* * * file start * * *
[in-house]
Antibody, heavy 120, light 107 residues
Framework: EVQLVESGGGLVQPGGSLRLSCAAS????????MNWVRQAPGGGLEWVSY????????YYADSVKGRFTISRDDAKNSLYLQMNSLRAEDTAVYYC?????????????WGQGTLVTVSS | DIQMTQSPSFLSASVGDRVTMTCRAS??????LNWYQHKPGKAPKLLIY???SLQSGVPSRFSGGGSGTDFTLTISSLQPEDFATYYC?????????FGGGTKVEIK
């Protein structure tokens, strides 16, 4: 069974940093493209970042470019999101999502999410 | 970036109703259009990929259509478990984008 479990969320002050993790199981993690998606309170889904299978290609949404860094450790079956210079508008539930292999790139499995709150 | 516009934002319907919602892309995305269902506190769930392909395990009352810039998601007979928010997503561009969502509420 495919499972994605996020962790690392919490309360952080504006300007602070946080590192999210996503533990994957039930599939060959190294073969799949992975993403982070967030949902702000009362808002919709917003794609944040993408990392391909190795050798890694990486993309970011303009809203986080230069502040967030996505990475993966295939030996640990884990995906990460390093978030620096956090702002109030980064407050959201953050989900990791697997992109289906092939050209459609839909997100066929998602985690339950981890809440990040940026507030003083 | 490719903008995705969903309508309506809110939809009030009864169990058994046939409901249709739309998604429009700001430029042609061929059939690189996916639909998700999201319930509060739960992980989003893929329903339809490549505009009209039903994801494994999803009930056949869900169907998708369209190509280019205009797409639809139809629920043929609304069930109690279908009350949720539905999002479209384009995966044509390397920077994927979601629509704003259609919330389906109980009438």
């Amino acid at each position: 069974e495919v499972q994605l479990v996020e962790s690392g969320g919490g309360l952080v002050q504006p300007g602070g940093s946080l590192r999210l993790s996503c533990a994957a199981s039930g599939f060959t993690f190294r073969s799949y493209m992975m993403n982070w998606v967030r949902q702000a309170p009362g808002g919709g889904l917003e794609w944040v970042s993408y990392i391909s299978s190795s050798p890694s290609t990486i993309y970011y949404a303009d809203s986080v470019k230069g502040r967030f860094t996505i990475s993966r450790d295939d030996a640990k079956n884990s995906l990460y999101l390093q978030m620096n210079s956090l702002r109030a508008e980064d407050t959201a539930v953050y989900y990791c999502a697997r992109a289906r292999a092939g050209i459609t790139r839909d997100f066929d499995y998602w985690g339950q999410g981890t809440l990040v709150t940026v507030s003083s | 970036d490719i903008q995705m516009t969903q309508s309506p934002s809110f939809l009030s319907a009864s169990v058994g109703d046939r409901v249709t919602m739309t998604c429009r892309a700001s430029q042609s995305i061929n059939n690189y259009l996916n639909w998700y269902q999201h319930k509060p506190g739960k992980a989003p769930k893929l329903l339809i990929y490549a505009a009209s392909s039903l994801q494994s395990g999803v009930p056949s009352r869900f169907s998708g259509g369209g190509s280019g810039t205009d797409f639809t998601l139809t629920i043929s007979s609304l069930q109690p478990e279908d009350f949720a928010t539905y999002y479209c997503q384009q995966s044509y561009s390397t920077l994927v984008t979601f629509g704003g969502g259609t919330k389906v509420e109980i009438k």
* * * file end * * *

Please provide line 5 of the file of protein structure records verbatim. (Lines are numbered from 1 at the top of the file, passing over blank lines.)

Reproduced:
């Amino acid at each position: 069974e495919v499972q994605l479990v996020e962790s690392g969320g919490g309360l952080v002050q504006p300007g602070g940093s946080l590192r999210l993790s996503c533990a994957a199981s039930g599939f060959t993690f190294r073969s799949y493209m992975m993403n982070w998606v967030r949902q702000a309170p009362g808002g919709g889904l917003e794609w944040v970042s993408y990392i391909s299978s190795s050798p890694s290609t990486i993309y970011y949404a303009d809203s986080v470019k230069g502040r967030f860094t996505i990475s993966r450790d295939d030996a640990k079956n884990s995906l990460y999101l390093q978030m620096n210079s956090l702002r109030a508008e980064d407050t959201a539930v953050y989900y990791c999502a697997r992109a289906r292999a092939g050209i459609t790139r839909d997100f066929d499995y998602w985690g339950q999410g981890t809440l990040v709150t940026v507030s003083s | 970036d490719i903008q995705m516009t969903q309508s309506p934002s809110f939809l009030s319907a009864s169990v058994g109703d046939r409901v249709t919602m739309t998604c429009r892309a700001s430029q042609s995305i061929n059939n690189y259009l996916n639909w998700y269902q999201h319930k509060p506190g739960k992980a989003p769930k893929l329903l339809i990929y490549a505009a009209s392909s039903l994801q494994s395990g999803v009930p056949s009352r869900f169907s998708g259509g369209g190509s280019g810039t205009d797409f639809t998601l139809t629920i043929s007979s609304l069930q109690p478990e279908d009350f949720a928010t539905y999002y479209c997503q384009q995966s044509y561009s390397t920077l994927v984008t979601f629509g704003g969502g259609t919330k389906v509420e109980i009438k």